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The best power banks you can buy: Expert tested

ZDNET tested the top power banks from Anker, Ugreen, Baseus, and more to help you find the right one.
Written by Adrian Kingsley-Hughes, Senior Contributing Editor
Reviewed by Nina Raemont
Anker PowerCore 10,000 mAh Redux | Best power bank overall
Anker PowerCore 10,000 mAh Redux
Best power bank overall
View now View at Amazon
Anker PowerCore 24K | Best power bank for power capacity
Anker PowerCore 24K
Anker PowerCore 24K
Best power bank for power capacity
View now View at Dell
Ugreen 5000mAh Magnetic Power Bank | Best small power bank
Ugreen 5000mAh Magnetic Power Bank
Ugreen 5000mAh Magnetic Power Bank
Best small power bank
View now View at Amazon
Baseus Blade HD | Best power bank for looks
Baseus Blade HD
Baseus Blade HD
Best power bank for looks
View now View at Amazon
Shargeek Storm 2 | Best power bank for old laptops and DC port devices
Shargeek Storm 2 Battery Pack
Shargeek Storm 2
Best power bank for old laptops and DC port devices
View now View at Amazon

It's 3 p.m. and you still have a few hours of office work to go. You look down at your smartphone and see, to your horror and dismay, that your battery is down to 15%.

But all is not lost! You remember that you picked up your power bank that morning. You pull it out of your pocket, plug it into your ailing smartphone and get on with your day. Having a power bank with you can make all the difference, but finding a decent quality, safe, reliable power bank in the sea of cheap rubbish out there can be tricky. Luckily, we've got you covered. 

More: Best MagSafe battery packs

What is the best power bank right now? 

I've tested literally hundreds -- yes, hundreds -- of power banks over the past few years, so I'm in a good position to know what's worth your money. My pick for the best power bank overall goes to the Anker PowerCore 10,000 mAh Redux for its portability, quality construction, and the fact that it has USB-C and USB-A ports, which means it caters to both old and new devices. While it's my favorite, there are plenty of other options with different price points, features, and brands in mind. Read on for all of my picks for the best power banks you can buy right now.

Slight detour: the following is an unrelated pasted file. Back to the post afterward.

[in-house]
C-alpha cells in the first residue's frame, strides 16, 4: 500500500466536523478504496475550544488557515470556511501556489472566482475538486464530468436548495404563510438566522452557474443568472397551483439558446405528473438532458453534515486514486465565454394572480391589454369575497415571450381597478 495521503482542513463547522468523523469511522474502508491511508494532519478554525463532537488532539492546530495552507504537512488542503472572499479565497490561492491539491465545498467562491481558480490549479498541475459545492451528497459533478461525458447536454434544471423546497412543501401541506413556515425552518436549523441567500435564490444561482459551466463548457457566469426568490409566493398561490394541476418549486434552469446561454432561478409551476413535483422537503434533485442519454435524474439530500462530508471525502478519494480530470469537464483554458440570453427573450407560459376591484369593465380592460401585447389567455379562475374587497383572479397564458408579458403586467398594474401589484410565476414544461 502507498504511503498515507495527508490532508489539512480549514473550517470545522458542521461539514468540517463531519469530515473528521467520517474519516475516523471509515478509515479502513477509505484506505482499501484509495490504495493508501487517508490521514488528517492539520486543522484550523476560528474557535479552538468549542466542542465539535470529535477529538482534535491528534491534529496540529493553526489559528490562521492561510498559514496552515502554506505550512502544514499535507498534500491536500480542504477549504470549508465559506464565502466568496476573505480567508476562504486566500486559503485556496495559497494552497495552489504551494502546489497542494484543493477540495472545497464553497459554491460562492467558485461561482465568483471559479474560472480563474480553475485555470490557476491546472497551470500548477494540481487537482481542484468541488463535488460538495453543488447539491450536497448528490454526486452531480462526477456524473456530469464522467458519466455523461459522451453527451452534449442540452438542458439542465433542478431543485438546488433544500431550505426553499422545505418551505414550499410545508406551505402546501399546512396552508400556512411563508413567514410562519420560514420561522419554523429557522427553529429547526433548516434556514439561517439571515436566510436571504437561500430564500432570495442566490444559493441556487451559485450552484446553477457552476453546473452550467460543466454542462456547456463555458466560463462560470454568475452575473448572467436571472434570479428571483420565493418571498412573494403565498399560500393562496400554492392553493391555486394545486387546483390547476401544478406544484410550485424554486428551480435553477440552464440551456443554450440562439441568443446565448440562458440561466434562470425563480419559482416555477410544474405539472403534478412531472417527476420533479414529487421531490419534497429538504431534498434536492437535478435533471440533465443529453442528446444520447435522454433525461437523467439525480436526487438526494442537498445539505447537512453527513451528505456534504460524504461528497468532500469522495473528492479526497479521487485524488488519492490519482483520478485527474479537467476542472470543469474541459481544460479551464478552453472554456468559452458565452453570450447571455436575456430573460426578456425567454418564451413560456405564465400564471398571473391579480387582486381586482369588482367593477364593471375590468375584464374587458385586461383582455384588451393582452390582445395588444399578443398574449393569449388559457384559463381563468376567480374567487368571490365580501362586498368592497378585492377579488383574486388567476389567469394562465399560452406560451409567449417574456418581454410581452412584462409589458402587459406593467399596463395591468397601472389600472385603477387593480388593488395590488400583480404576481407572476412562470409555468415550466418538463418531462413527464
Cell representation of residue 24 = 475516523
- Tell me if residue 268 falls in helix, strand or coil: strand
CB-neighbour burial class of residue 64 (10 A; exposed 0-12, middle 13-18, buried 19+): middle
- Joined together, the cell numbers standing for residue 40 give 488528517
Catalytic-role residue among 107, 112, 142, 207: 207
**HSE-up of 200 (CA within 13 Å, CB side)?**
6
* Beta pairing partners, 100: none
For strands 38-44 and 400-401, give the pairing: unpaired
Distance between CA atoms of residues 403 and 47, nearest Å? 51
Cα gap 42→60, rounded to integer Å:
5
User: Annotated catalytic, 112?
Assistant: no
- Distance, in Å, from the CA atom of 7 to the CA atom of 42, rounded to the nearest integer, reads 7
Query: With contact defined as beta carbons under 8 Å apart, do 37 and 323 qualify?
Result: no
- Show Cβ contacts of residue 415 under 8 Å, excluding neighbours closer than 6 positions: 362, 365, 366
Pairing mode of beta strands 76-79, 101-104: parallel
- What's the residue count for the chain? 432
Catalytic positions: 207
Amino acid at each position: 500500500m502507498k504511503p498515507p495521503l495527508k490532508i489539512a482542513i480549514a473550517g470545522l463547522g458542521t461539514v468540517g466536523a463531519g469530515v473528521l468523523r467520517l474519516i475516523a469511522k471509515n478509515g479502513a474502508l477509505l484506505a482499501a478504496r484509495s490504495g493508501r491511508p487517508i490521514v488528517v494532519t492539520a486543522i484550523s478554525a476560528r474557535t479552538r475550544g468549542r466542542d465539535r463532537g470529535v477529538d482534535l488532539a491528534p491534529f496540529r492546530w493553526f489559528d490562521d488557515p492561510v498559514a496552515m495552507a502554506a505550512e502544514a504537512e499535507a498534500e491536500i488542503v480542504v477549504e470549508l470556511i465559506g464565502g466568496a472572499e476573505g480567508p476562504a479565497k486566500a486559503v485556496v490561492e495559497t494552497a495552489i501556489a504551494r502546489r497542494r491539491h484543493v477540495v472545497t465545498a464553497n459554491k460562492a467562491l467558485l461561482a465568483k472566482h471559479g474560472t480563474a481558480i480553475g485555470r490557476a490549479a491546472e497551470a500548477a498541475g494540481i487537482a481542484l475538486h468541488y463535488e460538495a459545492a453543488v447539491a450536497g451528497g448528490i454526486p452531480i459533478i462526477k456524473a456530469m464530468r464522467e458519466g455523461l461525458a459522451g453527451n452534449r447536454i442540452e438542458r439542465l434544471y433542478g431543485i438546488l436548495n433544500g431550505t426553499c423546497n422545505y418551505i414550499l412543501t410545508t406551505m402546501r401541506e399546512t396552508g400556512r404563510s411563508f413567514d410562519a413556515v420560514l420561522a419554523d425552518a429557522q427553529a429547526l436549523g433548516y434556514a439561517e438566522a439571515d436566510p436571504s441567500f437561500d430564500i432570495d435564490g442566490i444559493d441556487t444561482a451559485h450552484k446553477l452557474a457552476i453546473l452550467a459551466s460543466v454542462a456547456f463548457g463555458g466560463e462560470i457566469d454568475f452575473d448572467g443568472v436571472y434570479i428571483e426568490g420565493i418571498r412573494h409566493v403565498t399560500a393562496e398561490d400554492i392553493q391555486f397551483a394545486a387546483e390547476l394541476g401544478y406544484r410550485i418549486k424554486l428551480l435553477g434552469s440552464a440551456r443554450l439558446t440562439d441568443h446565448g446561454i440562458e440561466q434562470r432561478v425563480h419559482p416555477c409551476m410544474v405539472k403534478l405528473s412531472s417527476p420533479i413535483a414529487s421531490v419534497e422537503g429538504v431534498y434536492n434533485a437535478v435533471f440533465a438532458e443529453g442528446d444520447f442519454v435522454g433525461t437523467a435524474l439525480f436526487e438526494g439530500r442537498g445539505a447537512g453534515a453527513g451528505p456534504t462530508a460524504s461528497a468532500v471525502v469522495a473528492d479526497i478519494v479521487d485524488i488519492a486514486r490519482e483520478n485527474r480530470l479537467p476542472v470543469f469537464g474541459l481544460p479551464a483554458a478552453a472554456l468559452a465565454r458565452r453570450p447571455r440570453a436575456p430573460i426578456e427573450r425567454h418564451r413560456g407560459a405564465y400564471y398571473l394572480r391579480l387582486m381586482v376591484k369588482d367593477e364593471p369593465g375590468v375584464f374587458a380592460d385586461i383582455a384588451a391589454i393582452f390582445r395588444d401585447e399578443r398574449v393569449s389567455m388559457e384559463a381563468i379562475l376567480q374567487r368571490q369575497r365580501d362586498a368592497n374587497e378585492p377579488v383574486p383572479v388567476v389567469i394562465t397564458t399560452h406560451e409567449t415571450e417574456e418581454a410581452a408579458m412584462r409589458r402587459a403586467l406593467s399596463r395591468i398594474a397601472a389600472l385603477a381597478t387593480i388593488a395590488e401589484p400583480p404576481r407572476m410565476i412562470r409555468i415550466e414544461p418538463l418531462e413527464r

The best power banks of 2024

Pros & Cons
  • Small, lighweight, and portable
  • Robust
  • USB-C and USB-A ports
  • Recharging a bit slow
More Details

Anker PowerCore 10,000 mAh Redux tech specs: Capacity: 10,000mAh | Ports: 1 x USB-C, 1 x USB-A | Max output: 25W  

While I love my giant power banks, I also know -- from experience -- that the best power bank is the power bank that you have with you, and big huge power banks don't lend themselves to being carried about the place. This power bank is small enough to be popped into a pocket or bag, and big enough to give your devices a decent boost.  

Using the USB-C port, charging takes 2.5 hours, increasing to almost 5 hours if you use USB-A. It's also a sturdy and reliable unit. I have several of these in constant use for a couple of years now, in jacket pockets, backpacks, and even the back of my truck, and they've been used, abused, and bounced around from pillar to post and they are still going strong. 

While I wouldn't say that they are disposable, they are priced such that I also use them to power GoPros and other action cameras when doing time lapses (the camera's own battery doesn't last long enough). It they get damaged or lost (or, as one did, fall off a cliff), I'm not out that much money. 

Pros & Cons
  • High power capacity